Quantitative features that are reproducible in repeated experiments and can describe differential physiology are a necessary step for consideration as biomarkers. The feature values that are consistent between the test and retest experiment were evaluated. For each image feature, the concordance correlation coefficient (CCC) was computed to quantify reproducibility between the two scans for a patient across the cohort and independently computed in each modality (T2w, ADC). The CCC measures deviation from the diagonal line averaged over samples in the cohort and is commonly used to measure fidelity in repeated experiments (25). On this set of highly reproducible features, the next step was to select the features with a large interpatient variability, measured using the dynamic range (DR) metric. The normalized DR for a feature was defined by the inverse of the ratio of the average difference between measurements to the observed interpatient variability or biological range:
where n is the total number of patient case; the DR varies from 0 to 1. Values close to 1 are preferred and imply that the feature has a large relative biological range, limited by the diversity in the cohort. As the variation between test–retest features increases, the DR values will show a reduction. Screening for a large DR will eliminate features that show greater variability in the repeat scans compared to the range of coverage. It is critical that a clinically relevant feature have a large DR to adequately distinguish the variations with tumor types, but show minimal variability in describing the same tumor type.
We propose to eliminate redundancies in features that are found to be reproducible. We computed the coefficient of determination (R2) between the features that are considered to be reproducible, which measures the level of dependency between features. The R2 has a range of 0 to 1 and is a ratio of the known variance as measured by linear model to the total variance between two variables or features, where one is the outcome, and the other is used to form the predictor. Values close to 1 would mean that the data points are close to the fitted line (i.e., closer to dependency) (24, 25). The coefficient of determination of simple regression is equal to the square of the Pearson correlation coefficient (29, 30). The features were grouped based on the R2 values between them; in this subset, one representative was picked that had the highest DR. The procedure was repeated recursively to cover all the features. We implemented different cutoff values for R2 that assess linear dependence with any of the other features in the list. The purpose of this filter step is to eliminate redundancies, but not necessarily identify independence. The test–retest values were averaged before computing the R2. We set different cutoff limits to reduce redundancy and combine features that are over the cutoff range. We repeated this process for a range of cutoffs (0.95–0.99), in our study.
As described in the Materials and Methods, the lesion was independently delineated in test and retest mpMRI scan, with each delineation done in consensus between the study radiologists. Using the lesion boundary as reference, the habitat region was converged automatically. We define habitat as a contiguous region colocalized to a low diffusion region defined by the ADC map. We then standardize the image voxels using z-score prior to any computations; in addition, we contrasted our findings with a non-standardized (raw) image region. In total, four image regions were investigated (raw-radiologist, z-score radiologist, raw-habitat, z-score habitat) by computing 307 quantitative image features in each of the regions, independently in test and retest images. We computed CCC to find repeatable image features, followed by application of a DR filter. Additionally, redundant features were removed based on coefficient of determination between the feature sets, repeated at different cutoffs. Distribution of features with different level settings in concordance correlation (CCC) and DR across the patient cohort is shown in Table 2. The imaging features that were extracted for respective modalities are listed in Table 3, obtained with R2 ≥ 0.99 (CCC and DR ≥0.65) and Supplemental Tables 4,5, obtained with R2 ≥ 0.95 (CCC and DR ≥0.65). Figure 2 shows the distribution of CCC and DR for features extracted using different boundary regions; radiologist delineated (R), habitat converged (H), and habitat within the manually delineated region (H50).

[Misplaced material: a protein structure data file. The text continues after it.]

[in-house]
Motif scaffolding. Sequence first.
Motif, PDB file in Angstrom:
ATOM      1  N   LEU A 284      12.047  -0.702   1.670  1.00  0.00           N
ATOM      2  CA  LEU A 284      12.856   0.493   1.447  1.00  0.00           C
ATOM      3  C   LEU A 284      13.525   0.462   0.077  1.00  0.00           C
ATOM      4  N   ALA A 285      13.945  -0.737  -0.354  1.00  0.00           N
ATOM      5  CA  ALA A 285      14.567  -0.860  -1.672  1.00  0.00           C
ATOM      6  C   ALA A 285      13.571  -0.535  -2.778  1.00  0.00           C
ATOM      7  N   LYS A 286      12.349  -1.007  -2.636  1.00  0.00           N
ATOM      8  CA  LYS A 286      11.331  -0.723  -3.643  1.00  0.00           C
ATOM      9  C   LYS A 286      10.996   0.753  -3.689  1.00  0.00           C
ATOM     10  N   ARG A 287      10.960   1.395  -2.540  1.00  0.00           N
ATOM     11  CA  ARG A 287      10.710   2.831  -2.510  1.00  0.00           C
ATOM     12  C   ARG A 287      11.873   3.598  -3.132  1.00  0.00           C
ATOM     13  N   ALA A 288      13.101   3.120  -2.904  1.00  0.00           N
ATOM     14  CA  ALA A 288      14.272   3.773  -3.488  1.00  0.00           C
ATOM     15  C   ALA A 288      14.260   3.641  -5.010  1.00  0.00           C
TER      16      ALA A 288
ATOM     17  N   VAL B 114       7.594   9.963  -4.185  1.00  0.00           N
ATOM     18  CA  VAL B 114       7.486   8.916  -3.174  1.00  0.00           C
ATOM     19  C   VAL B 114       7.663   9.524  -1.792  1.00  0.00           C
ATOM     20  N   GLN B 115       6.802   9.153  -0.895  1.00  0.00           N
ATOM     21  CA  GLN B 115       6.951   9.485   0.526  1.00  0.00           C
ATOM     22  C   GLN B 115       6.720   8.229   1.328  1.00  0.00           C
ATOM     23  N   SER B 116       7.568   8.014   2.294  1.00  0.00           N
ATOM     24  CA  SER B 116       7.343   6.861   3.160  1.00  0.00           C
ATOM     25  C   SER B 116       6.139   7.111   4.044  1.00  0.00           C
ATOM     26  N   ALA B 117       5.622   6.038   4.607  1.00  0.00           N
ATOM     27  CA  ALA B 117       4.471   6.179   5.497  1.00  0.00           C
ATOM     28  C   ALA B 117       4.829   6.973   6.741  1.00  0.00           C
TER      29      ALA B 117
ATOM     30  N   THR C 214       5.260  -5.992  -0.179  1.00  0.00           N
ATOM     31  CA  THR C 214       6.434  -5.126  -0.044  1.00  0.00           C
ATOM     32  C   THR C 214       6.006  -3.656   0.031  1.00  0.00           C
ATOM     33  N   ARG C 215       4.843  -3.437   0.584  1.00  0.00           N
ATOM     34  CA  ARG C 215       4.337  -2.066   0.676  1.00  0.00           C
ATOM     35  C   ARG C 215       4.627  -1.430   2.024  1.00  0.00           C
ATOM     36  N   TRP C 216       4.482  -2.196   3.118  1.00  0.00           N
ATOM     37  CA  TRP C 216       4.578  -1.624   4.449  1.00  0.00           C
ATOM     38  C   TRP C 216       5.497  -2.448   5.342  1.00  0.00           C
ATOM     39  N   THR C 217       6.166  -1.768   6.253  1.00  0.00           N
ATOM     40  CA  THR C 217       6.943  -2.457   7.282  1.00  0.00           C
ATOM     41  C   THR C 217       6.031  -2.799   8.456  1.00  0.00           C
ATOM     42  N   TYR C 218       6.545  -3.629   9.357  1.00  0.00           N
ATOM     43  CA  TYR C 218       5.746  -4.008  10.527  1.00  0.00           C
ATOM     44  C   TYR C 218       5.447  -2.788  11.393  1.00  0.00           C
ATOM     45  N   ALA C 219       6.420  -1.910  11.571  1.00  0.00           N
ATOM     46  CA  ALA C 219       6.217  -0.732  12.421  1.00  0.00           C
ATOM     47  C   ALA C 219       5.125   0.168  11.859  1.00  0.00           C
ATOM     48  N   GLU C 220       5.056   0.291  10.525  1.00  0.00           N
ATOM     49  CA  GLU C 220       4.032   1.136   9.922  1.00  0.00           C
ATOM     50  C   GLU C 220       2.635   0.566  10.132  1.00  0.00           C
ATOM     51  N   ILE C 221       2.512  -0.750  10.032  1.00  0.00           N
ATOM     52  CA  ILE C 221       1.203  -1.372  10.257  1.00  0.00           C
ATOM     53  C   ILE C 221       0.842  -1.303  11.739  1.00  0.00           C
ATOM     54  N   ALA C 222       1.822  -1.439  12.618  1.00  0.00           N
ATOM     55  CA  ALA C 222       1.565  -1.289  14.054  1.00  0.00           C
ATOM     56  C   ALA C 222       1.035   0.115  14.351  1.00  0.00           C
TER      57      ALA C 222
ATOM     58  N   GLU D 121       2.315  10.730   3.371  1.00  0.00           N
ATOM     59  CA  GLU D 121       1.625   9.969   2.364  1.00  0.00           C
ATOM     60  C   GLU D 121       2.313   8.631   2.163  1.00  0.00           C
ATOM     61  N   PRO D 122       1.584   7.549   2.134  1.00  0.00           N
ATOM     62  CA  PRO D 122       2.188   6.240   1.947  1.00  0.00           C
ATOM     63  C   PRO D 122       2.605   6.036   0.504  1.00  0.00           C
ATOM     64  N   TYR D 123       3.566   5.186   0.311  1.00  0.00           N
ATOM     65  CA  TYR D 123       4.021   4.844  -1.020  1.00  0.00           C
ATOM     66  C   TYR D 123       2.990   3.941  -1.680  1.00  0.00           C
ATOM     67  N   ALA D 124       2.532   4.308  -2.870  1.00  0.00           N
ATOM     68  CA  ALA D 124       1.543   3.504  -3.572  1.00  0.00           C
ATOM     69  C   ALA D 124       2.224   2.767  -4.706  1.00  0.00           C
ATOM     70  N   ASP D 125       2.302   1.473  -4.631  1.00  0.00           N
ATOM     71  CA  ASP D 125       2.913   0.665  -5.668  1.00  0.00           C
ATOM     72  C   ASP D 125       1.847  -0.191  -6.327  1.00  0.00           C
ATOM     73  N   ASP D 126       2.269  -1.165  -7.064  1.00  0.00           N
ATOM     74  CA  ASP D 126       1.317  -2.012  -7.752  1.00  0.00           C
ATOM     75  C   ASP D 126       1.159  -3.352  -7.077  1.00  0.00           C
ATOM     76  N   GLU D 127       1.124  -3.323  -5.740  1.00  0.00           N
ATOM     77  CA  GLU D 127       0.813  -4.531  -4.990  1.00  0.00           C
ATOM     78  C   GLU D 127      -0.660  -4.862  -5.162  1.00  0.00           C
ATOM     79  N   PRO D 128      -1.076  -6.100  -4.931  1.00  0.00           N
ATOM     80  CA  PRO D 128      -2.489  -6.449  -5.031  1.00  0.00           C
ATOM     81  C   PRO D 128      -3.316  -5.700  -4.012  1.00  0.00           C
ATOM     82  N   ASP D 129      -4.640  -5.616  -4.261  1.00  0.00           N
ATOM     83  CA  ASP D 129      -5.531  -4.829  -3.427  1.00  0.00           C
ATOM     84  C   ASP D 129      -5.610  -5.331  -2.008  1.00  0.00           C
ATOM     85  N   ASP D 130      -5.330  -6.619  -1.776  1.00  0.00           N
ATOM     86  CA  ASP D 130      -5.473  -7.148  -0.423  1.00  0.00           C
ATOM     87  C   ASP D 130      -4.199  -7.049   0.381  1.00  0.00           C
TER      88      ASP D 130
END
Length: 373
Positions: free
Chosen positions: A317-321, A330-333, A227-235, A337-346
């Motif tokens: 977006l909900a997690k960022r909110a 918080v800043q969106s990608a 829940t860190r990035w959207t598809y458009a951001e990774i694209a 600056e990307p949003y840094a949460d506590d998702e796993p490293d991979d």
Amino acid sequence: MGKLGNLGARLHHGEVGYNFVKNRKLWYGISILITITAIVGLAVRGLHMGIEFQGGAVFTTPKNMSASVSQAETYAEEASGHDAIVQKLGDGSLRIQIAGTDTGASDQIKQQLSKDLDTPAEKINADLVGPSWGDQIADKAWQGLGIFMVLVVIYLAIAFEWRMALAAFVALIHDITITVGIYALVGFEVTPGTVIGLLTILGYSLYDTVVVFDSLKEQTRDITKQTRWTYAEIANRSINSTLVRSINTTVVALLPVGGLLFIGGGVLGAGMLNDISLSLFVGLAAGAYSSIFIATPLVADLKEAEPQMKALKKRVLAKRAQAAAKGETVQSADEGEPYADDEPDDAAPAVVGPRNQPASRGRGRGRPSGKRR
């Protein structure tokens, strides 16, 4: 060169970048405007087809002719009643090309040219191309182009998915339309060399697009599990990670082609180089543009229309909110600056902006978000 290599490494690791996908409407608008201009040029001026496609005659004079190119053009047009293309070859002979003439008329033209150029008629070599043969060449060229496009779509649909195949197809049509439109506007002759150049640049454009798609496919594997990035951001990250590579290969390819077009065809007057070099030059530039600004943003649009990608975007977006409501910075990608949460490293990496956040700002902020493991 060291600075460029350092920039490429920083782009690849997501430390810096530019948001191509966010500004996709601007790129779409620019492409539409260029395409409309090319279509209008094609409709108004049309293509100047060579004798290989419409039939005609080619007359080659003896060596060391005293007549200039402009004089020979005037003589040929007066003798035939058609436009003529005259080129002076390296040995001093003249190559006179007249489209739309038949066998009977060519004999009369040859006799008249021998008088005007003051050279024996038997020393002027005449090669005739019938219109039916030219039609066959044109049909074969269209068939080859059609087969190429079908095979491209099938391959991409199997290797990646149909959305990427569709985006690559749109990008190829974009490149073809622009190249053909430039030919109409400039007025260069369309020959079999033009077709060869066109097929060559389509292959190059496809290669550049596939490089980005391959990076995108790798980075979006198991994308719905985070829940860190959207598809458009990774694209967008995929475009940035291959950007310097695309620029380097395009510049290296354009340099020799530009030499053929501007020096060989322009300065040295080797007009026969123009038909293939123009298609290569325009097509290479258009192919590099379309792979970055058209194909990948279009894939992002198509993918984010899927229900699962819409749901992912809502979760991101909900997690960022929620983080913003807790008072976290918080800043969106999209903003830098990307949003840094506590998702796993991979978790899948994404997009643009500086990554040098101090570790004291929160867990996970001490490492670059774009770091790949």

Table 2. Distribution of quantitative imaging features at various levels of concordance and redundancy limits (Rsq at ≥0.99 and ≥0.95) for regions identified by (A) radiologist marked and (B) habitats converged (sphere), (C) habitat converged (≤ median, ADC map).
Table 3. Radiomic features that show concordance and non-redundancy in the test–retest cohort (CCC and DR ≥ 0.65;Rsq ≥ 0.99) for (A) radiologist-marked region, (B) habitat region (sphere, 15 mm), (C) habitat (≤ median, ADC).
Figure 2. Repeatability of quantitative features across different lesion boundaries. (A) Concordance coefficient, (B) dynamic range.
In our analysis, we find there are similar distributions of features between T2w- raw (native intensity values), radiologist-marked regions (19 features, CCC ≥0.65), and T2w-habitat with sphere regions (18 features, CCC ≥0.65), with standardized T2w z-score habitat (23 features, CCC ≥0.65) regions showing more stable features compared to T2w z-score raw regions. There were 12 stable features in T2w and 10 in T2w z-normalized regions, both evaluated at CCC ≥0.65 and with redundancy R2 ≥ 0.99 (Tables 2B,C, 3B,C). Of the 19 features that are stable in T2w radiologist-marked regions, there are two volume features that measure within a certain intensity range and 17 others that are texture features.